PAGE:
This is part of a running commentary series for International Women's Day 2022.
March 8 marks International Women’s Day, with this year’s theme being #BreakTheBias. Whether unconscious or not, bias makes it difficult for women to move ahead in the workforce, and it is up to everyone to level the playing field.
Regardless of the promises of equality echoing throughout the headlines for International Women’s Day, there is still a lot of work to be done to eliminate gender disparities. Women’s equality is forged by those that remind their colleagues to foster an environment that is diverse, equitable, and inclusive. It takes collective action to build social change, and these cybersecurity industry experts celebrate those that are paving the way to gender equality – and provide advice on how the industry can do even better.
Here is a sounding board from women across the cybersecurity industry.
Jaime Lewis-Gross, Vice President, Solutions Engineering and Strategy, Saviynt:
"My advice to women looking to grow their careers: Always be curious. Ask questions. Communicate. Be fully transparent – even with bad news – and be forthcoming with a solution that positively impacts the person or organization. Look for opportunities to put yourself out there and do something outside your realm of responsibility. For example, bring customer engagement to an engineering meeting. Make your point of view known – the different perspectives will be beneficial. When it makes a difference, it truly makes a difference."
Joanne Fisher, Principal Security Advisor, Trustwave:
“I encourage all young women looking to move forward in their STEM careers to seek out caring and positive role models – both women and men – to empower and enable them to make their own path regardless of what obstacles could be in their way. I have been fortunate enough to have a wide variety of role models in my personal and professional life, and they’ve made such a positive difference in my success.”
Theresa Banks, Cyber Client Success Manager, Trustwave:
“Through the years, I’ve learned it’s important to exude confidence, be assertive when necessary, be open to constructive criticism, be brave enough to suggest improvements, and remain talented enough to help solve them.”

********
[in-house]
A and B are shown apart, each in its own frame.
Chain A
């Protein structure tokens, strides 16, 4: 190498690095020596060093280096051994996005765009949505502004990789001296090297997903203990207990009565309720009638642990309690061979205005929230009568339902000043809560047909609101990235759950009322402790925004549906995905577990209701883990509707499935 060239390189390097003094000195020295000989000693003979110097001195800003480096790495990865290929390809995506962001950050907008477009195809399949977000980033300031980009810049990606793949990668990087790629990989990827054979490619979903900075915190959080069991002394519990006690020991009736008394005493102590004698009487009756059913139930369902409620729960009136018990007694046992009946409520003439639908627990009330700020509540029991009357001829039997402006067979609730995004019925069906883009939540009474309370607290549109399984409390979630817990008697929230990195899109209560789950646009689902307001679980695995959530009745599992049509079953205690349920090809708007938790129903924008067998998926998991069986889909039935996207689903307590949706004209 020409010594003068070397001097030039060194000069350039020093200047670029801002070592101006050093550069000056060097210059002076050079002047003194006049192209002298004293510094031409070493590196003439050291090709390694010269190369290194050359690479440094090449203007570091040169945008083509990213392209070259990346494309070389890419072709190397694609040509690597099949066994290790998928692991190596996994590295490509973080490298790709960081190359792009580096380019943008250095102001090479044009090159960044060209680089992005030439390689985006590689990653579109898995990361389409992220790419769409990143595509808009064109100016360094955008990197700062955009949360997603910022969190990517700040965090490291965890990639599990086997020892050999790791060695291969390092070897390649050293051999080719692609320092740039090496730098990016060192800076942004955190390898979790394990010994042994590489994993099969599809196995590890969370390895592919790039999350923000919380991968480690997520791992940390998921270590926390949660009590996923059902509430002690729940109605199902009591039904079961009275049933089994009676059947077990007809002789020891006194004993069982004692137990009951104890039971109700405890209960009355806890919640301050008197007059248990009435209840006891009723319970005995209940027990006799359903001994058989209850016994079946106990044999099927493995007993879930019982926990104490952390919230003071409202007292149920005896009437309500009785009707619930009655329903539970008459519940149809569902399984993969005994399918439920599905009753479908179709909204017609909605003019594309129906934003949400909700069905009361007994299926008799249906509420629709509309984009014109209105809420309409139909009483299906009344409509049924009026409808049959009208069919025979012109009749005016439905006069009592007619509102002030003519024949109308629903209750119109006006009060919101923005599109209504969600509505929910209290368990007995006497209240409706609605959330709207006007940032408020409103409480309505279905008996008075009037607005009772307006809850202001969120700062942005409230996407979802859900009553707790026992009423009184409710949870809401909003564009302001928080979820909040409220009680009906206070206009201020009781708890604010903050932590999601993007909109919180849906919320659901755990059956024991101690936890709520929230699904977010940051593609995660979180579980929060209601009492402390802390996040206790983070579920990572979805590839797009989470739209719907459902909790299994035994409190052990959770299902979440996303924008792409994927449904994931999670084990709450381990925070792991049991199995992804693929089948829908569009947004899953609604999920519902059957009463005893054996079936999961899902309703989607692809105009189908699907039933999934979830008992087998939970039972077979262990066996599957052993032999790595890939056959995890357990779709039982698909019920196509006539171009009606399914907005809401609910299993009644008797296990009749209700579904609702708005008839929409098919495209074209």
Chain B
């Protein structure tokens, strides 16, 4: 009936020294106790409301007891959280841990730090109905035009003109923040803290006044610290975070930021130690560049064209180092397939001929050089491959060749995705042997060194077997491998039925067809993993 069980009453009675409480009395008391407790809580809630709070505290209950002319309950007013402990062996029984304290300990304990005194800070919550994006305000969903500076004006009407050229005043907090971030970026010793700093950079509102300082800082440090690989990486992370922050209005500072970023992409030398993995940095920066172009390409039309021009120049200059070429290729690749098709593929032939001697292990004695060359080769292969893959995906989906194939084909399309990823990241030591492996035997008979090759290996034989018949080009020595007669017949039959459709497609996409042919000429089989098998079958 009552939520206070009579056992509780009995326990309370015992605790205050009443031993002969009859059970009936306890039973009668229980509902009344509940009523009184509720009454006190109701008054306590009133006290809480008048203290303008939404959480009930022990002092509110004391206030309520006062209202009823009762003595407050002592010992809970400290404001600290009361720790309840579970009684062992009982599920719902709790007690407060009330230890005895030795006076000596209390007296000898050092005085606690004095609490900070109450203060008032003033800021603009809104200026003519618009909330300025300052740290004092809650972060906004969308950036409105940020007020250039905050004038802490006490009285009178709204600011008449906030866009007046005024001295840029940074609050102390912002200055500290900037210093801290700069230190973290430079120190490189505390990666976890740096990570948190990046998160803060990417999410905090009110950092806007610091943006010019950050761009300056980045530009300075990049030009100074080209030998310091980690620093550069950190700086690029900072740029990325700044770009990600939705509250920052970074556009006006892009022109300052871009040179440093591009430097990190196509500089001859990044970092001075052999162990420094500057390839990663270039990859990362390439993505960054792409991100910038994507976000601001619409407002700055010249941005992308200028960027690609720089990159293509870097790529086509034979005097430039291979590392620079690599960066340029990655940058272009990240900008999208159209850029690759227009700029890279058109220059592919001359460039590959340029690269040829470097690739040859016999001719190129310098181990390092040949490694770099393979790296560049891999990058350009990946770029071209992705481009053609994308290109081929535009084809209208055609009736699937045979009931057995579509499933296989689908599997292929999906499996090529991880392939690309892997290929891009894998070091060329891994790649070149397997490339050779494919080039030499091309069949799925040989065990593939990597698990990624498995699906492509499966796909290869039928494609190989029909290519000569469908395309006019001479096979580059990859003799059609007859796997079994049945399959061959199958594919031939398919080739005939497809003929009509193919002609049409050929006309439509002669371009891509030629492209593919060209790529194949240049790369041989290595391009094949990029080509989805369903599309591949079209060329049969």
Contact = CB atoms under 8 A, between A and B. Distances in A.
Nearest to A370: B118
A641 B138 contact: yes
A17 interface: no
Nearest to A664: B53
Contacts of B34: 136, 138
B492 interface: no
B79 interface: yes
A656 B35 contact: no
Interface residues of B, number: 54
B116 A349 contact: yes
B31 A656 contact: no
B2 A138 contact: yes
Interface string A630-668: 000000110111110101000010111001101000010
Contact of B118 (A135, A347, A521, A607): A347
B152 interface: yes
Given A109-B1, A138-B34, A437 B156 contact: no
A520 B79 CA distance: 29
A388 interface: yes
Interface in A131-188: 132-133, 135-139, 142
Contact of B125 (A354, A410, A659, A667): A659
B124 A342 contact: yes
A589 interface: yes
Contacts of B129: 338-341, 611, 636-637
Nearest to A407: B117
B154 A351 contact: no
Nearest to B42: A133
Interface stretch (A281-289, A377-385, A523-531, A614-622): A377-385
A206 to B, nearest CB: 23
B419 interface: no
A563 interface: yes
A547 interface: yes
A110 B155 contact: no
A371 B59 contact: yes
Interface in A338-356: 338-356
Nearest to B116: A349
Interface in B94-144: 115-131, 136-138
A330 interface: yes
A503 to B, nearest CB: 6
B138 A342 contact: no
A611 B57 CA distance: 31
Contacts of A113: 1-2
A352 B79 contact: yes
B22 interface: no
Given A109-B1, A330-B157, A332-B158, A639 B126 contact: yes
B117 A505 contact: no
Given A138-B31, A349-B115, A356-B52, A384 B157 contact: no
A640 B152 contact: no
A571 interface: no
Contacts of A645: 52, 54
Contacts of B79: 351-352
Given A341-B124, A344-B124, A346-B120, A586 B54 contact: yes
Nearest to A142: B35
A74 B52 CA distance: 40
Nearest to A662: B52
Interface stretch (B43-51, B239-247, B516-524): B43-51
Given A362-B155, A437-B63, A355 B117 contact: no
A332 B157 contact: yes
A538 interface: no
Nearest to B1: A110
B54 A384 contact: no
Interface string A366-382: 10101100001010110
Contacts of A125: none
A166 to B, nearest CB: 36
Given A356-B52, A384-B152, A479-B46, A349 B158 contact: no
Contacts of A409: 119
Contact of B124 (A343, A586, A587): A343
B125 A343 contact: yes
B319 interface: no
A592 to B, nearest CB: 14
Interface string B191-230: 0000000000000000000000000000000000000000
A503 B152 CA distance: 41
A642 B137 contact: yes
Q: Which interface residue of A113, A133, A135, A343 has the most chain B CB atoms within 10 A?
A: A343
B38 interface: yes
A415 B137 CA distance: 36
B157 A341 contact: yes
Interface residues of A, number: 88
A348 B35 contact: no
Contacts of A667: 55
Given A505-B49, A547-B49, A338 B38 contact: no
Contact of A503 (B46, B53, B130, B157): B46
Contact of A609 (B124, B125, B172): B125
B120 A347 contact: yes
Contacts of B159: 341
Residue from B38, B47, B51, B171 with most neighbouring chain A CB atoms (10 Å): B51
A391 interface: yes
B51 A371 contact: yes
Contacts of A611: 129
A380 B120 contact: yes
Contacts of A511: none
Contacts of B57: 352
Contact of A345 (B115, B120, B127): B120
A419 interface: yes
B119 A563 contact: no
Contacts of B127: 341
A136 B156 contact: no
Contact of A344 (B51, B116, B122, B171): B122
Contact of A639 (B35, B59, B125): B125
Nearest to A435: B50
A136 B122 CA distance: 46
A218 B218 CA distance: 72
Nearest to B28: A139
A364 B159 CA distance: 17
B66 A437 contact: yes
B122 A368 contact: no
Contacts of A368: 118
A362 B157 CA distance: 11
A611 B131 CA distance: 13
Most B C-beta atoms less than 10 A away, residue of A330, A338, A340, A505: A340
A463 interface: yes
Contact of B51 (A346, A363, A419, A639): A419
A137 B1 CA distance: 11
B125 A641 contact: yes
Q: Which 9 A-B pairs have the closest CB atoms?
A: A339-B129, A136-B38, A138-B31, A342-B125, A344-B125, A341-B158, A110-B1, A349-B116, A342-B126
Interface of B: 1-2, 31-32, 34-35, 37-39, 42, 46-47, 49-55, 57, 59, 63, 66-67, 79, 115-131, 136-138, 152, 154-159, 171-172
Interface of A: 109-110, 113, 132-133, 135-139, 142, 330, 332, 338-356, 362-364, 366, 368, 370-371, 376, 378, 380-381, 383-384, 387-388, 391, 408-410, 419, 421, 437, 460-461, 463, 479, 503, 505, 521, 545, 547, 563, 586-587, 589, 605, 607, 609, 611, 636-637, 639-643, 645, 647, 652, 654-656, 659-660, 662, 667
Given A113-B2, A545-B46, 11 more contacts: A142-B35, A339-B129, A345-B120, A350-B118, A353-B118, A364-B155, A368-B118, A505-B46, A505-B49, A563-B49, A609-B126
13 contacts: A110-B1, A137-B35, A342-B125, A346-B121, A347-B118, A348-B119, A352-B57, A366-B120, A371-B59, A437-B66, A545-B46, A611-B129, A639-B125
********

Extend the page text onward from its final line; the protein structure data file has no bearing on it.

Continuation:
Nicole Moore, Senior Analyst, DTEX i3 - Counter-Insider Threat, Security and Business Intelligence at DTEX Systems:
“If you find yourself searching for a female mentor to help support you, and you don’t find her in your team/company, chances are that since she does not exist internally to mentor you, you could be that person for other women in the organization. Take note of this as new, more junior female colleagues join your team and help to step up in the role and embrace the rewarding learning opportunities that come with it. Receiving advice as a mentee is critical for your success and can come from both internal and external sources. However, serving as a mentor to others has significant benefits as well – don't overlook those.”
Lynsey Wolf, Team Lead, DTEX i3 - Counter-Insider Threat, Security and Business Intelligence at DTEX Systems:
"Pursuing a career in cybersecurity can be scary and overwhelming; mainly because it comes with a lot of misconceptions. Many people believe that you must have advanced technical skills in order to be successful. However, there are various skillsets individuals can leverage and build on to be successful in cybersecurity. For example, analytical skills, critical thinking, data analysis, research, etc. My advice to those aspiring to enter the industry is to not underestimate your unique strengths and qualifications which can provide a great foundation to build a successful career on just because there’s a fear of what you might be lacking – you likely have many of the skills you need, don’t get discouraged.”
Diem Shin, Product Marketing Manager, Telos Corporation:
“My career in security started 7 years ago in network security, then I moved into cloud security and now am in cybersecurity. As I reflect on this day, International Women’s Day, I feel fortunate to be a woman working in a still very much male-dominated industry. It’s exciting to be an industry that is usually leading in cutting edge technology and helping organizations secure their assets. “
Vicki Tumia, Senior Technical Support Engineer, SafeBreach:
“In the security field, it can be challenging to find a company where women are included at every level, but I’ve been blessed to experience just that at SafeBreach. We’re all treated like peers, regardless of level, despite the fact that the breach and attack simulation market leans heavily on the male side, especially when it comes to engineers. Luckily, in my experience it’s been an even playing field with equal opportunities and respect for all employees. This is both rare and unique to experience, especially as a woman in this field.”